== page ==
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Priesthood Ordination of Martin Siebold, Luke Womack, Ramses Mendieta, Stephen Hart and William Burmester

Published: May 27, 2017

Bishop Anthony B. Taylor preached the following homily at Christ the King Church in Little Rock on Saturday, May 27, 2017.


Bishop Taylor

Martin, Luke, Ramsés, Stephen and Will, in the Gospel chosen for your ordination, Jesus asks Peter three times whether he loves him. Peter says "yes" he does and Jesus replies, "Well then, feed my lambs ... tend my sheep," which is how Peter will show that his love is genuine, not just a matter of words.

Well today I have the great honor of ordaining you to take your place in the care of Jesus' flock, to whose call you have responded with love and courage. You already know that to be good shepherds, you must be willing to face adversity and even die for the sheep, like Peter and like him whose alter ego — alter Christus — you will become.

Like I said regarding this same Gospel reading at last year's ordinations, this imagery works when speaking about our work of guiding the flock, but it does not work when we focus on the behavior of the sheep. Real sheep, the four-legged kind, are not too bright and you need to prod them and goad them to keep them going the right direction.

Ninety-nine percent of the time, your ministry will require you to lead but not compel; to inspire and not shame; to encourage the sheep instead of rebuking them — and hopefully that rare one percent of the time when rebuking is needed might never arise, if they know beyond a shadow of a doubt that you love them and revere them.

But the people you will serve as priests are not stupid sheep — God has blessed them with many gifts of intellect, many talents that you and I do not have. And he has also blessed them with sincere commitment to Jesus and his Church. They are our “co-workers in the vineyard.”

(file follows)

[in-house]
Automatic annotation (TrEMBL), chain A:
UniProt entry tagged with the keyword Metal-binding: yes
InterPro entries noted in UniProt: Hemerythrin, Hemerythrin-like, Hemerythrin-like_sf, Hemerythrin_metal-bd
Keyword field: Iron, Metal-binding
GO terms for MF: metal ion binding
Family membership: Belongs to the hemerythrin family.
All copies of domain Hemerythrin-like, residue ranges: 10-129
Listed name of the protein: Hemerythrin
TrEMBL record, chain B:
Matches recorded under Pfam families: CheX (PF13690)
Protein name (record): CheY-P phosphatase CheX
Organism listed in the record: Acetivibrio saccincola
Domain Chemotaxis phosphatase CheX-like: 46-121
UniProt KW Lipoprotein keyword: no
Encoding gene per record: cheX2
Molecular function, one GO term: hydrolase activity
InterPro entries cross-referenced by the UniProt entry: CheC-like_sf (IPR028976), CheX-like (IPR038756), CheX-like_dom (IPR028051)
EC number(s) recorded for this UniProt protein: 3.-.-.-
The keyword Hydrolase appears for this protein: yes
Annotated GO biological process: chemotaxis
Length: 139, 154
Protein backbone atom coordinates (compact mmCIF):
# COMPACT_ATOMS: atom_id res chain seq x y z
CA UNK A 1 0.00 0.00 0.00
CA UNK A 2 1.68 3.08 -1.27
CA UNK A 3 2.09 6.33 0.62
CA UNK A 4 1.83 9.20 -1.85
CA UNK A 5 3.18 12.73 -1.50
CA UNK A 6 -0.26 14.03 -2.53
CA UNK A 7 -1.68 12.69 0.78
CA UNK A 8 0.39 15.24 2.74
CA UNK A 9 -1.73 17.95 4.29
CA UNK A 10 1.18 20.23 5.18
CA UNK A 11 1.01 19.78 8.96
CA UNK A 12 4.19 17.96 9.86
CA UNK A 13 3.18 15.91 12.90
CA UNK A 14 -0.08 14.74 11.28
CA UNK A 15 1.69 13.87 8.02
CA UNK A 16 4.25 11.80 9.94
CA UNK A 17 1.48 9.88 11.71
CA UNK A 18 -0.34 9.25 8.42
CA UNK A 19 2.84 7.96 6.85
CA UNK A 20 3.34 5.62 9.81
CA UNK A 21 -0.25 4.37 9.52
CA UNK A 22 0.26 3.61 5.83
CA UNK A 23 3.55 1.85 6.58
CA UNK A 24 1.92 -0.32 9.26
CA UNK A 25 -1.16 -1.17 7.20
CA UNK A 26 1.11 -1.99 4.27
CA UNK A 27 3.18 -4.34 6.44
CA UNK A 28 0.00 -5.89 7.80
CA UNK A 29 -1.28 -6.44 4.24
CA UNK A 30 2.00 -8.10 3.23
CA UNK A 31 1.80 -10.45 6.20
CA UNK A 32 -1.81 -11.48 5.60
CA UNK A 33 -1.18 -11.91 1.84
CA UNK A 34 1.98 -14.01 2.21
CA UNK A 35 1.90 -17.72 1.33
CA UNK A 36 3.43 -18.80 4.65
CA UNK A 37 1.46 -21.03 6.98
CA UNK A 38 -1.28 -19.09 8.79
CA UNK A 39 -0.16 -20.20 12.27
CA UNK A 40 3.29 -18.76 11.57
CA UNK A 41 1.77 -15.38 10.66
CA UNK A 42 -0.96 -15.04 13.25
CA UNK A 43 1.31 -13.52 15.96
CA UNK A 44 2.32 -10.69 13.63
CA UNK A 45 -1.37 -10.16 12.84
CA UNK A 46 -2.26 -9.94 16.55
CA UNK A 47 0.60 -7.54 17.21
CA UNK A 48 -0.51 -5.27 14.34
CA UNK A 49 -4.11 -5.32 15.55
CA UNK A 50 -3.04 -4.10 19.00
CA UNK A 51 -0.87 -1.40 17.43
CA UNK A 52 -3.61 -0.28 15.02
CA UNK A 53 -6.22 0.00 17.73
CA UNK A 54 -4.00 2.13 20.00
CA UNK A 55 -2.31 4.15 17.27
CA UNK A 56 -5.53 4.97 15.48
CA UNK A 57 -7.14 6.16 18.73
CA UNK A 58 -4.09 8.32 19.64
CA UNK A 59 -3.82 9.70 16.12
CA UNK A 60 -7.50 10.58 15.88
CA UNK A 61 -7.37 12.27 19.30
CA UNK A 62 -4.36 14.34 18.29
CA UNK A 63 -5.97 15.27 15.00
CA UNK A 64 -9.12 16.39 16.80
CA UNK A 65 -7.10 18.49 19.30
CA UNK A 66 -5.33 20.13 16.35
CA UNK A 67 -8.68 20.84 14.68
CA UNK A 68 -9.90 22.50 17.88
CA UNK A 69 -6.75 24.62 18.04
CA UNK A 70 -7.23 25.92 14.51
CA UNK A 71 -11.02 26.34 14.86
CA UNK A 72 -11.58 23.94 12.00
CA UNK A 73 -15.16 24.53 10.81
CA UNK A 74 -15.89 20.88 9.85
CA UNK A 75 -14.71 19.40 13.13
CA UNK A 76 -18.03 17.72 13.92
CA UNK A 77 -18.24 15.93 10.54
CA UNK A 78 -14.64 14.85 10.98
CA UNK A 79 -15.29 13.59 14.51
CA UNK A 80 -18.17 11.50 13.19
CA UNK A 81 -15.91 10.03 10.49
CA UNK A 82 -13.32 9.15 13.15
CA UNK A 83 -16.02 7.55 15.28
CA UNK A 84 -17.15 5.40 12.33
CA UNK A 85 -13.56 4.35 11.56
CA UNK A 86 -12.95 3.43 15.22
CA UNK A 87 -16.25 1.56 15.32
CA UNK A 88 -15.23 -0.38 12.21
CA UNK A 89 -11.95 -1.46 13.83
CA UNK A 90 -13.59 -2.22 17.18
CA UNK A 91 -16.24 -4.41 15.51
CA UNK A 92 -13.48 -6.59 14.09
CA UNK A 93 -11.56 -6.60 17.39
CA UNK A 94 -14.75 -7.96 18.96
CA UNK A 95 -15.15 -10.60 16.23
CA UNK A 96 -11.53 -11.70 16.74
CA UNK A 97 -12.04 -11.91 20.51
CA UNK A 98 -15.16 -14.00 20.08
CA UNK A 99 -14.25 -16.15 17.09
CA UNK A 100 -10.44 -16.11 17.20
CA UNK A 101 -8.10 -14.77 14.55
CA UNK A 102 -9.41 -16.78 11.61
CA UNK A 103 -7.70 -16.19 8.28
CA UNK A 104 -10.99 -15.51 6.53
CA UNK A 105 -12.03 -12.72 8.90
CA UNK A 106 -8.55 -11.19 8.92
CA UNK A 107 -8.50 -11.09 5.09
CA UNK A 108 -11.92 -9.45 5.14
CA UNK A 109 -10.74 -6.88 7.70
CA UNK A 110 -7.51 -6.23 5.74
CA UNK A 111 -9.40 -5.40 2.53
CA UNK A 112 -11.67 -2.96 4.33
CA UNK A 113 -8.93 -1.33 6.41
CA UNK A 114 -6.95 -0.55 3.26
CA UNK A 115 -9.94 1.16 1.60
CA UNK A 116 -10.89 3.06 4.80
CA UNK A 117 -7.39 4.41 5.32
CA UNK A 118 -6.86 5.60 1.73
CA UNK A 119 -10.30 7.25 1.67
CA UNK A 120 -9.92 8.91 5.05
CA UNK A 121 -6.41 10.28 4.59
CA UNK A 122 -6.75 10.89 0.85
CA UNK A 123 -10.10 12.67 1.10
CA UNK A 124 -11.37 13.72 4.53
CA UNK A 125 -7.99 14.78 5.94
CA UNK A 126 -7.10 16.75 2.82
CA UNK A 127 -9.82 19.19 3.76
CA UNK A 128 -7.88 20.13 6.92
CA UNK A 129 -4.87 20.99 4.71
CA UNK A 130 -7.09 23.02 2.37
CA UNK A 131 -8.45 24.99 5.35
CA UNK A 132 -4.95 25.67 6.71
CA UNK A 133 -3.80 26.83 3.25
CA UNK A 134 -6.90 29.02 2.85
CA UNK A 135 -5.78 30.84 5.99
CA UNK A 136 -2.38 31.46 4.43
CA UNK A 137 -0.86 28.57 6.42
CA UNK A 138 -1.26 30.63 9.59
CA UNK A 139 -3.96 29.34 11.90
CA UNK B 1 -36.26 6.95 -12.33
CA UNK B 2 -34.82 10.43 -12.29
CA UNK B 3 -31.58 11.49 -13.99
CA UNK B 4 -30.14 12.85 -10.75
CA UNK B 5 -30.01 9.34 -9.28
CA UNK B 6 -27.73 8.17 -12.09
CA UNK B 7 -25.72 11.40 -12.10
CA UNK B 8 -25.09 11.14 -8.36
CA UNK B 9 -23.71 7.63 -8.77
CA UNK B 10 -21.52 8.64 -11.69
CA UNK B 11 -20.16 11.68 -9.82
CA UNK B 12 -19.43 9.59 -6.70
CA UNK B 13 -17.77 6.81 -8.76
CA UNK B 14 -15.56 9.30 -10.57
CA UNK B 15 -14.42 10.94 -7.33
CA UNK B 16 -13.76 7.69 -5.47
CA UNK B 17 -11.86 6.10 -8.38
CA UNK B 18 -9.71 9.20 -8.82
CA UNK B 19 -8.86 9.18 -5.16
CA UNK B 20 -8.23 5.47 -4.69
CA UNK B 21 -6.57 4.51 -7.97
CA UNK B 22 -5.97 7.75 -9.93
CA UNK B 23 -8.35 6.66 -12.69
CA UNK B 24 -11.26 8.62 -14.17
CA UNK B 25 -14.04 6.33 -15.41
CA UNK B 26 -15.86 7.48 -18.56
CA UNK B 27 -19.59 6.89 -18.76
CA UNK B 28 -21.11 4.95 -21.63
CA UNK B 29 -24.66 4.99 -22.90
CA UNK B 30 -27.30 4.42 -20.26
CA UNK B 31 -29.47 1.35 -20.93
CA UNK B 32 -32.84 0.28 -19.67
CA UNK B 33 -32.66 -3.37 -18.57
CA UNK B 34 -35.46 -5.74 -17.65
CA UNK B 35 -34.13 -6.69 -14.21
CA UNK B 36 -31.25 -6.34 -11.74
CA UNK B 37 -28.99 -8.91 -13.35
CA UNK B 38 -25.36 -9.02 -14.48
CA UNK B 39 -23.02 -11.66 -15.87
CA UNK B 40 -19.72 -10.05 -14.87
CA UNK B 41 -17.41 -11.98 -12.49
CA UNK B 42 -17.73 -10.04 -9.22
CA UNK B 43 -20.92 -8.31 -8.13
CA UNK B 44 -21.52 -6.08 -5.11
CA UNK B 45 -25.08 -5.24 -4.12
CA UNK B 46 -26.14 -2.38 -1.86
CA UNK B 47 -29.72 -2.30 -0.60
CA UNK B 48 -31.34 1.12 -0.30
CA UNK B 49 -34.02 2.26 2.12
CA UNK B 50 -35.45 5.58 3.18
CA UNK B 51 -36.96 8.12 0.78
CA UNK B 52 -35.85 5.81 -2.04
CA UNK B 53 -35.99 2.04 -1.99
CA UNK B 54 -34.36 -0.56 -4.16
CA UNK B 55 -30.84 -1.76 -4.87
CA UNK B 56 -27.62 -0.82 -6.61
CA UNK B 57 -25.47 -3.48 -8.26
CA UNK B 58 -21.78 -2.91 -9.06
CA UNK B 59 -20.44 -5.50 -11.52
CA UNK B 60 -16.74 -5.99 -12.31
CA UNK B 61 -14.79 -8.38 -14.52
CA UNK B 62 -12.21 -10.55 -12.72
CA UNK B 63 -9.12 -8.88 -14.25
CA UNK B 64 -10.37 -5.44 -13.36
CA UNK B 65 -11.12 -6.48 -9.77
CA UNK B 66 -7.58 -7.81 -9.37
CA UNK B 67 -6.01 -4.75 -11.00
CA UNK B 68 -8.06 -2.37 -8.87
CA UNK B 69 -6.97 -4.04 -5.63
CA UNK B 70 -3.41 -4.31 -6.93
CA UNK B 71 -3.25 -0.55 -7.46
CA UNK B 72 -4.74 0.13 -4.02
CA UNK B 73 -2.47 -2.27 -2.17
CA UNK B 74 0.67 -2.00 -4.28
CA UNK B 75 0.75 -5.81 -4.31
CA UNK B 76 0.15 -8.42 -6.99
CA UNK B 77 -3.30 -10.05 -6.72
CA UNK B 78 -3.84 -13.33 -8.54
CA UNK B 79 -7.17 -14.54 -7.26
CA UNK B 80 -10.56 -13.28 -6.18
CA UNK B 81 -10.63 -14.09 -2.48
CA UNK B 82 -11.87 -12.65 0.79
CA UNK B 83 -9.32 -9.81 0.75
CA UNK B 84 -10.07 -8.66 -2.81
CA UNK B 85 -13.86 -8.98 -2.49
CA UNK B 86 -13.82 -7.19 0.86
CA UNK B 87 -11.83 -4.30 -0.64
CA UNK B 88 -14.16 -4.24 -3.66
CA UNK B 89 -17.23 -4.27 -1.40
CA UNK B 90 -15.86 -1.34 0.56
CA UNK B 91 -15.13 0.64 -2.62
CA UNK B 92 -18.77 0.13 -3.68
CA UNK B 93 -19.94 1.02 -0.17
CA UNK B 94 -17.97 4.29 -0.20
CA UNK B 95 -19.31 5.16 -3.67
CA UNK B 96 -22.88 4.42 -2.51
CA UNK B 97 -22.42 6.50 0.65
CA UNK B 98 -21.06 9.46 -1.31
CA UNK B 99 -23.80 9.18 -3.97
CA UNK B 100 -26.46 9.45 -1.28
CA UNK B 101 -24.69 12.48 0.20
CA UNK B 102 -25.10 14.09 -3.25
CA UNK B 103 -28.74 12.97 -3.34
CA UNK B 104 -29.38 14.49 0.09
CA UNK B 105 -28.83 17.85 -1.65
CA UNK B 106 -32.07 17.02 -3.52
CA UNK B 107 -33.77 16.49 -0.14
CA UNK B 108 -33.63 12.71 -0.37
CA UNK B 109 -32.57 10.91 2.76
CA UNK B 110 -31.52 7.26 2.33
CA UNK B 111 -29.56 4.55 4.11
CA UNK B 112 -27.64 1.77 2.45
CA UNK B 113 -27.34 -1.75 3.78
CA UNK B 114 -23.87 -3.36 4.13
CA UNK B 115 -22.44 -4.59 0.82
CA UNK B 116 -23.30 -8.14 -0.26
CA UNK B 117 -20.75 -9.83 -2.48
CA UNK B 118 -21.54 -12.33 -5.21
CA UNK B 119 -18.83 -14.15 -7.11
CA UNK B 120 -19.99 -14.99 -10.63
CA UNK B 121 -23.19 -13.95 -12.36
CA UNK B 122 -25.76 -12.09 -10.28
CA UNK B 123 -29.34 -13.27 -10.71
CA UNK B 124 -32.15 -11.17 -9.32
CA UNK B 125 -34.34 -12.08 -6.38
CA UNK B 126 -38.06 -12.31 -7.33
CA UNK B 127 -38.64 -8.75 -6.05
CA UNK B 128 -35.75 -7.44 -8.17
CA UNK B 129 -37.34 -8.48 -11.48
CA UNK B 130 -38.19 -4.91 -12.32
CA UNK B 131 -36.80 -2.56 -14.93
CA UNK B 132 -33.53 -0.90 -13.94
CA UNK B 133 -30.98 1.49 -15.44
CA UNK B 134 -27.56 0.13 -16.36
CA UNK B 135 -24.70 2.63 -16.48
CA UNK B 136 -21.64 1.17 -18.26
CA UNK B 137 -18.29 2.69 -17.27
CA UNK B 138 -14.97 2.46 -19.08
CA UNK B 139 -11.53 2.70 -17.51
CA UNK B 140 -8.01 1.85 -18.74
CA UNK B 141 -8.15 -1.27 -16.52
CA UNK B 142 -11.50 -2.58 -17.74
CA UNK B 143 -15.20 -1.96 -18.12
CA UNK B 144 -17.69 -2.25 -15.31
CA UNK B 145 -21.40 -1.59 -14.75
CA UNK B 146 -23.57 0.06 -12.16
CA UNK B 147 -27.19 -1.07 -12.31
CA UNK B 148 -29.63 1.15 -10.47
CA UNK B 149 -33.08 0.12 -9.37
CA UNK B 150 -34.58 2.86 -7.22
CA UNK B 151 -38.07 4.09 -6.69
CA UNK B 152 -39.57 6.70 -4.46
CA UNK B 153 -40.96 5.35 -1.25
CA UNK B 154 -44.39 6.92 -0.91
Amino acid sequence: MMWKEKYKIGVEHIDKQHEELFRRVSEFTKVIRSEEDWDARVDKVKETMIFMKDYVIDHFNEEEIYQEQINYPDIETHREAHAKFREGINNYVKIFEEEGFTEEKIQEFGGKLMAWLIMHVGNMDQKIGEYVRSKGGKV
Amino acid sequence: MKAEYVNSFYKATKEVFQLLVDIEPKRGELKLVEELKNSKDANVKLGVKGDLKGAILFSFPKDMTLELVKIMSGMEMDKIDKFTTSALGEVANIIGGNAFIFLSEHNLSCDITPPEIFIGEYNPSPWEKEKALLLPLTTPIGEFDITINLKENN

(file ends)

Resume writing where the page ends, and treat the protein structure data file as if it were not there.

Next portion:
So as you begin your priestly ministry, I urge you to revere the people you serve … indeed, you will serve them best by empowering people to contribute their gifts, placing yourself at their service — not the other way around. The Church in Arkansas needs priests who lead by example, who revere the spiritual and ministerial gifts of those Jesus sends us to serve.

Our Church should be characterized by collegiality, not coercion; by intelligent discourse, not edicts imposed from on high; of ideas and values, not just legal rules.

Ninety-nine percent of the time, your ministry will require you to lead but not compel; to inspire and not shame; to encourage the sheep instead of rebuking them — and hopefully that rare one percent of the time when rebuking is needed might never arise, if they know beyond a shadow of a doubt that you love them and revere them.

Love manifests itself in many ways. One is by treating others with compassion, and not judging them or their motives — especially in those upsetting moments when confronted with regrettable circumstances.

Love also manifests itself in the way we see and revere Christ in those we serve, especially in those high-maintenance sheep present in every parish — those who are poor materially or spiritually, those who are infirm physically or mentally and those with special spiritual needs. This becomes easier the more we recognize that we too have special needs, that we too are in some ways poor and infirm "but for the grace of God, there go I!"

Here in Arkansas, our love manifests itself also in the welcome we give to the strangers among us, especially recent immigrants — whose difficult circumstances you know very well. An important part of your work will be the effort to foster understanding, love and respect among all those whom Jesus entrusts to your care.

Our diocese is a living mosaic of very diverse people of many ethnicities and several languages — sort of like a stained glass window whose true beauty shines fully only when it is illuminated by the light of mutual love — when the variety of our cultures and races are allowed to shine forth brilliantly. The parishes in which you will begin your priestly ministry are all excellent examples of this.

As St. Benedict — in whose spirit you were formed at St. Meinrad — says so well, you should arrange everything in such a way that the strong have something to strive for and the weak have nothing to fear.”

My brothers, with ordination your life will change irrevocably — forever! In ways that you do not yet know, but which are according to God’s will. As you begin this ministry today, I exhort you to revere Christ who comes to you in the people you serve!